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Mastering Reading

Eastern Tennessee State UniversityProgram title: MEd in Reading Format: OnlineLength: Four semesters Credit hours: 36 credit hoursSpecializations: English as a second language; special education interventionist University...

Iñupiaq in Action

HomenewsCultureWhat Increased Teen Media Use Means for Literacy Rates

What Increased Teen Media Use Means for Literacy Rates

Could increased media use be affecting literacy rates? A new research report from Common Sense Media reveals that media use by eight- to 18-year-olds has grown faster during the two years of the pandemic than it had over the four years before the pandemic began. The Common Sense Census: Media Use by Tweens and Teens, 2021 compares screen use before and during the pandemic. The latest data shows that from 2015 to 2019, entertainment screen use, excluding media and tech use for school or homework, grew only 3% for tweens and 11% for teens. But from 2019–2021 alone, after the start of the pandemic, screen use grew by 17% for both age groups. In the past two years, average daily screen use jumped to 5:33 (hr:min) from 4:44 among tweens and up to 8:39 from 7:22 among teens.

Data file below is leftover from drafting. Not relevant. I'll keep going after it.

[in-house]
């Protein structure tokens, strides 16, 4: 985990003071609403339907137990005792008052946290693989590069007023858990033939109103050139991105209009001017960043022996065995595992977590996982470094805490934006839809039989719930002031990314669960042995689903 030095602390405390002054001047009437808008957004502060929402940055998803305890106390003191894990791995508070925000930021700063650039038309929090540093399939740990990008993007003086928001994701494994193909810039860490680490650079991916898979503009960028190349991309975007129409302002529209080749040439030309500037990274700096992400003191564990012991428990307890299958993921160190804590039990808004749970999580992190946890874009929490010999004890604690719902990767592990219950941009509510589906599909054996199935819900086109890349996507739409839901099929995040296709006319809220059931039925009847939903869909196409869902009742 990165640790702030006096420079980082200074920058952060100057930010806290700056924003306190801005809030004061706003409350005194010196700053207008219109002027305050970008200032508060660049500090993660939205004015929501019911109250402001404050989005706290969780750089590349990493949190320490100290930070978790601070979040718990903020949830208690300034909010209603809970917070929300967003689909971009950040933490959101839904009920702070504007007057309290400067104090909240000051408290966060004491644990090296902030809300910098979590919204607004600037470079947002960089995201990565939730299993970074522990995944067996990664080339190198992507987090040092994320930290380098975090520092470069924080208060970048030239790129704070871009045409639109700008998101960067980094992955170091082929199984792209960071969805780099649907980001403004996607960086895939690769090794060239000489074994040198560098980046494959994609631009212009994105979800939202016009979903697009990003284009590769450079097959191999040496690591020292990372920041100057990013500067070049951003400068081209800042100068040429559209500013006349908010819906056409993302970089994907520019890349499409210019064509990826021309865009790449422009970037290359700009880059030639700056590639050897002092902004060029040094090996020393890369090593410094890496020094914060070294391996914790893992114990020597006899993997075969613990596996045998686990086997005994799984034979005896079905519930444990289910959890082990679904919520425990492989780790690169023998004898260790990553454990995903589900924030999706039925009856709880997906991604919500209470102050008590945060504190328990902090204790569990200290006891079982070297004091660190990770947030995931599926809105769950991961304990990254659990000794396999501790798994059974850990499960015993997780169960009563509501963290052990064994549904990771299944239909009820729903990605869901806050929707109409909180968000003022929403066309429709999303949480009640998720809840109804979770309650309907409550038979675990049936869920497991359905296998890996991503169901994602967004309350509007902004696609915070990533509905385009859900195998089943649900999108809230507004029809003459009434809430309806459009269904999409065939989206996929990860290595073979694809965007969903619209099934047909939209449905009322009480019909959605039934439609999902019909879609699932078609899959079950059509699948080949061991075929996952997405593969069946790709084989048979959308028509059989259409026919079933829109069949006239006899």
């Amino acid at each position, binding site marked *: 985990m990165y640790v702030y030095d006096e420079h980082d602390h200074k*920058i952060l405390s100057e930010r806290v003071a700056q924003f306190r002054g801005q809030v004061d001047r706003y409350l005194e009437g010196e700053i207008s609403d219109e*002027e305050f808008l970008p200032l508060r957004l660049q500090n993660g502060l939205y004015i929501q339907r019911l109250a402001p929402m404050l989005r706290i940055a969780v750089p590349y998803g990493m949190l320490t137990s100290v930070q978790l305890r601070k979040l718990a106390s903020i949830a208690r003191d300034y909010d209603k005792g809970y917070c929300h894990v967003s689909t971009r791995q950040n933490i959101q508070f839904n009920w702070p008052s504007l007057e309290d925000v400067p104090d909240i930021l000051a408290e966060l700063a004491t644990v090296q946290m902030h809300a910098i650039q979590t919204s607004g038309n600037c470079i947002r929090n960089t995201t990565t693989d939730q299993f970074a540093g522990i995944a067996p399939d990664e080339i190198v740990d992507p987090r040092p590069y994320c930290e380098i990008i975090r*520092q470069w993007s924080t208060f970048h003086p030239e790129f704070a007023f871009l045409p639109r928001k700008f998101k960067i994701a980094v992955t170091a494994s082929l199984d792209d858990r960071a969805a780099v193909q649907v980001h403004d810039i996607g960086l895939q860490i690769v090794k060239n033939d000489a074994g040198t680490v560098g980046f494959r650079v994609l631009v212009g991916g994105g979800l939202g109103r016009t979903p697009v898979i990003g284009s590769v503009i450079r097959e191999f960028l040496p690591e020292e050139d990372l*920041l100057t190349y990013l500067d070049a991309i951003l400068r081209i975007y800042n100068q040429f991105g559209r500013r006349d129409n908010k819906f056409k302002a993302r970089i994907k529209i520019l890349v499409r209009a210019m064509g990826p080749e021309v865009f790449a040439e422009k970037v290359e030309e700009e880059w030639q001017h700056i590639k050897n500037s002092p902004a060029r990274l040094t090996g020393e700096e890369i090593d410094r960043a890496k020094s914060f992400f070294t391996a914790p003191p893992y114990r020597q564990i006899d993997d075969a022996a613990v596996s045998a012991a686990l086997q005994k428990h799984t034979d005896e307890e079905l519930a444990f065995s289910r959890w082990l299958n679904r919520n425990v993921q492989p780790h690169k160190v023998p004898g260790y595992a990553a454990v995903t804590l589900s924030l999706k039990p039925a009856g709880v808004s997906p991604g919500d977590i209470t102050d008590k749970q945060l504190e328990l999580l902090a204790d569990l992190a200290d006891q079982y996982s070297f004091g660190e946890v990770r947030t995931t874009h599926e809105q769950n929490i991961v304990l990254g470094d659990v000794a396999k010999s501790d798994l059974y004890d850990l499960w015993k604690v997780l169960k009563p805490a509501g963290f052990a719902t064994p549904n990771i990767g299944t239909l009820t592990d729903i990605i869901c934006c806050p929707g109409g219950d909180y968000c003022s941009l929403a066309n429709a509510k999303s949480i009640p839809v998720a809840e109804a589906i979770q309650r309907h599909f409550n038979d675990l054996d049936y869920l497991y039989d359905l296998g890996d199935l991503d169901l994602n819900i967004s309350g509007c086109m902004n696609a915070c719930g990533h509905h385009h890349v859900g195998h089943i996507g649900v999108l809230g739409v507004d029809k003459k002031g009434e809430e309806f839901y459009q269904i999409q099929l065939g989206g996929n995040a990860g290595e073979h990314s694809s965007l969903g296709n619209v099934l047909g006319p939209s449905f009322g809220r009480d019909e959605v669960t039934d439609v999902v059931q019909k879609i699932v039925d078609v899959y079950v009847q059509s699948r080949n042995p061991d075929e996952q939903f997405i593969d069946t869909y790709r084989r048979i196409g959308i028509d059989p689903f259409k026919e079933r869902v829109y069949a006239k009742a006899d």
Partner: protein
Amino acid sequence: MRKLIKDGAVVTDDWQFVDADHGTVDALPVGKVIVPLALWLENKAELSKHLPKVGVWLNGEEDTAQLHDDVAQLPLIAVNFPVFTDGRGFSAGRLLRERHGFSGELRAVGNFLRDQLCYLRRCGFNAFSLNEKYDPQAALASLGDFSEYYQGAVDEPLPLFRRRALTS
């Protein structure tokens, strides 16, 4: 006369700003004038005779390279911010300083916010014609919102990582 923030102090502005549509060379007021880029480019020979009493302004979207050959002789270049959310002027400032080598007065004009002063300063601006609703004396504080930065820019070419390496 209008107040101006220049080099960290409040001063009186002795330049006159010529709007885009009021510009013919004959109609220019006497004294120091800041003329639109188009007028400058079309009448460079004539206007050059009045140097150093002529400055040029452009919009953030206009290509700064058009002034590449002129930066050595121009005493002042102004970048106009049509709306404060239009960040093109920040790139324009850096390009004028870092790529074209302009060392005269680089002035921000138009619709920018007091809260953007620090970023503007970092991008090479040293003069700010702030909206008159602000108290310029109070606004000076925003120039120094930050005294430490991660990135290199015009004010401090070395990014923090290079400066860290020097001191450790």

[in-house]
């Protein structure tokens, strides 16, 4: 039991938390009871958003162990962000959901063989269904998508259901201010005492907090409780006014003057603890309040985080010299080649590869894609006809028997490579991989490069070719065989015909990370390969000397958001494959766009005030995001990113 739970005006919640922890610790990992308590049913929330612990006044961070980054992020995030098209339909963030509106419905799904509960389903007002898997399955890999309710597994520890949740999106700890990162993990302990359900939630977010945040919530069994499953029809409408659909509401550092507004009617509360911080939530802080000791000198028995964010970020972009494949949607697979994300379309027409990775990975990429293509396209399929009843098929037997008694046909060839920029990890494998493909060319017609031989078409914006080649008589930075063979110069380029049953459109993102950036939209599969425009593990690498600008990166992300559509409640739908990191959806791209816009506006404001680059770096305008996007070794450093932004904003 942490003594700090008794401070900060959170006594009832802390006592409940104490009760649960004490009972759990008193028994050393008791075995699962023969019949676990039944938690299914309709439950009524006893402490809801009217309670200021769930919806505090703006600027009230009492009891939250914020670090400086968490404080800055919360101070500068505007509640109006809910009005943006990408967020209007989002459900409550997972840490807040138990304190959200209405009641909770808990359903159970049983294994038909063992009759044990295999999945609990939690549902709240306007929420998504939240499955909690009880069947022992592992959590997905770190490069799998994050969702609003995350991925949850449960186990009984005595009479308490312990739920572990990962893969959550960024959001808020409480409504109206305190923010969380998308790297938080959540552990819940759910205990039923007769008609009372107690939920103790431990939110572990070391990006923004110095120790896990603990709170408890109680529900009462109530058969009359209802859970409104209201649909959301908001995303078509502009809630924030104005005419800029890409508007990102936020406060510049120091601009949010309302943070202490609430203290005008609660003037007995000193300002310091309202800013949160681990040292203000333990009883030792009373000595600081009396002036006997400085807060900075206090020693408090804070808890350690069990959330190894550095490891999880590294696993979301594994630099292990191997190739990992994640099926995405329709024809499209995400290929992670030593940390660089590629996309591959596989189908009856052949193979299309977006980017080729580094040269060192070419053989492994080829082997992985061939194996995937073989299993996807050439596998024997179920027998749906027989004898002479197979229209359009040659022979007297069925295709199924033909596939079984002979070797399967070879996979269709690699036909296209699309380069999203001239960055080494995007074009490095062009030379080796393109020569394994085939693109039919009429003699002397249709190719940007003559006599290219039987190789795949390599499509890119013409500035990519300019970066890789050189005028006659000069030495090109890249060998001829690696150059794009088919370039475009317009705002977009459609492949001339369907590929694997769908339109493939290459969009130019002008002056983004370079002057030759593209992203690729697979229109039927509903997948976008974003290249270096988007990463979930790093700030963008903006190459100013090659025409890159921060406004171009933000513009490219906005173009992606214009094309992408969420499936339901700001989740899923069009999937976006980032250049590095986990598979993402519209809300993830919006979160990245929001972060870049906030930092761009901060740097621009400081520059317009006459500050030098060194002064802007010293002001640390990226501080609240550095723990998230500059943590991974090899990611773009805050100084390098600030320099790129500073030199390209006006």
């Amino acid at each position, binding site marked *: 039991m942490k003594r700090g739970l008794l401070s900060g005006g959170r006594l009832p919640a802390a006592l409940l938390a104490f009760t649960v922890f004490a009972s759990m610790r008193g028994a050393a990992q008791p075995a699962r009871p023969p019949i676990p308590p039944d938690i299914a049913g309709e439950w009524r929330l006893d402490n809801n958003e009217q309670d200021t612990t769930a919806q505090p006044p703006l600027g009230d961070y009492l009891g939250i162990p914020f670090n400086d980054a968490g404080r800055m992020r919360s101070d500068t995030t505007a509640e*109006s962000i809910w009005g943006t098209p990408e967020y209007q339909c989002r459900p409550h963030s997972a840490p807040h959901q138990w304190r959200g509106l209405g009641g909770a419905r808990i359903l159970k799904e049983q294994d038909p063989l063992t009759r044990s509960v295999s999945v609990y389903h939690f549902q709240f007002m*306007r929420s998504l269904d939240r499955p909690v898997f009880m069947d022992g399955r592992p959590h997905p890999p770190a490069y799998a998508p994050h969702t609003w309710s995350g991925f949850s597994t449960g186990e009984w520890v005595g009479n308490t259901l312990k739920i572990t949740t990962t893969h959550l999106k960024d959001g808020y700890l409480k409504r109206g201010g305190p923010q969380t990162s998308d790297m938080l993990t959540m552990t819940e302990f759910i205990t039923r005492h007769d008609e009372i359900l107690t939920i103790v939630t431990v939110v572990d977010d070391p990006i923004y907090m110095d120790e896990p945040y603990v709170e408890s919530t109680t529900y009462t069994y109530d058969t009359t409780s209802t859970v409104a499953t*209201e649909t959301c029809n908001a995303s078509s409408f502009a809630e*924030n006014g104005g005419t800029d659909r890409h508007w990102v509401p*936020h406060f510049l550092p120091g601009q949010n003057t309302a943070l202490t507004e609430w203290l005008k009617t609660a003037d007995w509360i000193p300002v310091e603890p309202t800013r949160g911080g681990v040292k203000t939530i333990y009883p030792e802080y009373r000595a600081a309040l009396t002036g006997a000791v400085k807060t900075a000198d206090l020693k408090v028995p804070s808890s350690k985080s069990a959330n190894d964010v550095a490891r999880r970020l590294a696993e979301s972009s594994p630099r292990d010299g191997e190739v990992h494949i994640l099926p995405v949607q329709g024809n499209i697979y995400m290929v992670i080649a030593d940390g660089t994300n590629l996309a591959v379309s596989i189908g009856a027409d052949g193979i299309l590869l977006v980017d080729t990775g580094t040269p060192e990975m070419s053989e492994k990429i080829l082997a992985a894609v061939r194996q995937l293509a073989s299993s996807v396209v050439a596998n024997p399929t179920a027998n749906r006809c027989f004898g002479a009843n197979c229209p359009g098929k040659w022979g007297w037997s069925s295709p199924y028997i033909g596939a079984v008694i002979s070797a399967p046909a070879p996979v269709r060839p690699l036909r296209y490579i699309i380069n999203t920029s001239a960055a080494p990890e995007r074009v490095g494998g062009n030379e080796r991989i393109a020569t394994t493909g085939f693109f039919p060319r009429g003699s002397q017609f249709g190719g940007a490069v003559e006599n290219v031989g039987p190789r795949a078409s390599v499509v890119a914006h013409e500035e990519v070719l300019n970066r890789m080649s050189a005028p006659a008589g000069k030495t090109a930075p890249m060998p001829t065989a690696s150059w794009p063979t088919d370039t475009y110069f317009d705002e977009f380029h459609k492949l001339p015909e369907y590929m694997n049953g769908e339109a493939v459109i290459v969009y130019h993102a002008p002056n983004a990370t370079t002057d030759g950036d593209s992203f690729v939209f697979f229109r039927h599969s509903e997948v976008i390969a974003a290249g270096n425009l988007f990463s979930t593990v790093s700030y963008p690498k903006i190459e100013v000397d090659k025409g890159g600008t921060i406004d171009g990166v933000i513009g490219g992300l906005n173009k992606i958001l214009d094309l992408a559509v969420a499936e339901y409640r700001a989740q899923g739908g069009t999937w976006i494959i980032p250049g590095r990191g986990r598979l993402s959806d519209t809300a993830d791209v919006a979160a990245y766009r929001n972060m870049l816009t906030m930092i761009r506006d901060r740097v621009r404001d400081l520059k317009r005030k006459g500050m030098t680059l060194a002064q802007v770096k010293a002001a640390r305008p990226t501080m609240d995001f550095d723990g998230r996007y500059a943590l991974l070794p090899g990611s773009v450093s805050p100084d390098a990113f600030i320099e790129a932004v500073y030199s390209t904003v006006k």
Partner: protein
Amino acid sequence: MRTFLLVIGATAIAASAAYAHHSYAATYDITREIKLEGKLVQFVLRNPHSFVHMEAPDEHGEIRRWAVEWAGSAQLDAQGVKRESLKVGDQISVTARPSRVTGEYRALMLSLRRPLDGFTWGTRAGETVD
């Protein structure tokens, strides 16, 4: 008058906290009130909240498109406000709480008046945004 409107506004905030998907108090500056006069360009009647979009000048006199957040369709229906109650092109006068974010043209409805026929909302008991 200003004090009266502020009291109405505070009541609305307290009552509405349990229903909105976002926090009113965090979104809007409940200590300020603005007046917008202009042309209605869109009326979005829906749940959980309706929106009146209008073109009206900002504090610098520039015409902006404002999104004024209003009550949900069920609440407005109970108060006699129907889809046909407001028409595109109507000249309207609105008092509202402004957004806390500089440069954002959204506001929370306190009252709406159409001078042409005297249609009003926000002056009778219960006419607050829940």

The report also looks at how kids are spending their time online and how much they enjoy various media activities. While social media is popular among teens and growing more popular with tweens, not all of them are enjoying the experience. About 84% of teens surveyed say they use social media, but only 34% say they enjoy using social media “a lot,” which is much lower than the 62% who say they enjoy watching online videos that much.

The survey found that social media use is increasing for eight- to twelve-year-olds, an age group that is technically not allowed to have access to the main social media platforms. Among respondents surveyed in this age group, 38% say that they use some form of social media, up from 31% in 2019.

“The aging down of social media is something we should be concerned about, as social media platforms are not designed with children in mind,” says Michael Robb, senior director of research at Common Sense Media.

The report also addresses differences in gender, race, ethnicity, and socioeconomic background when it comes to media use. While screen time has risen across the board, boys use more screen media than girls, Black and Hispanic youth use more screen media than White youth, and tweens and teens in lower-income households engage with substantially more screen media than their peers in higher-income households. Kids in lower-income households also read more (42 minutes vs. 34 minutes a day).

Download the full report at

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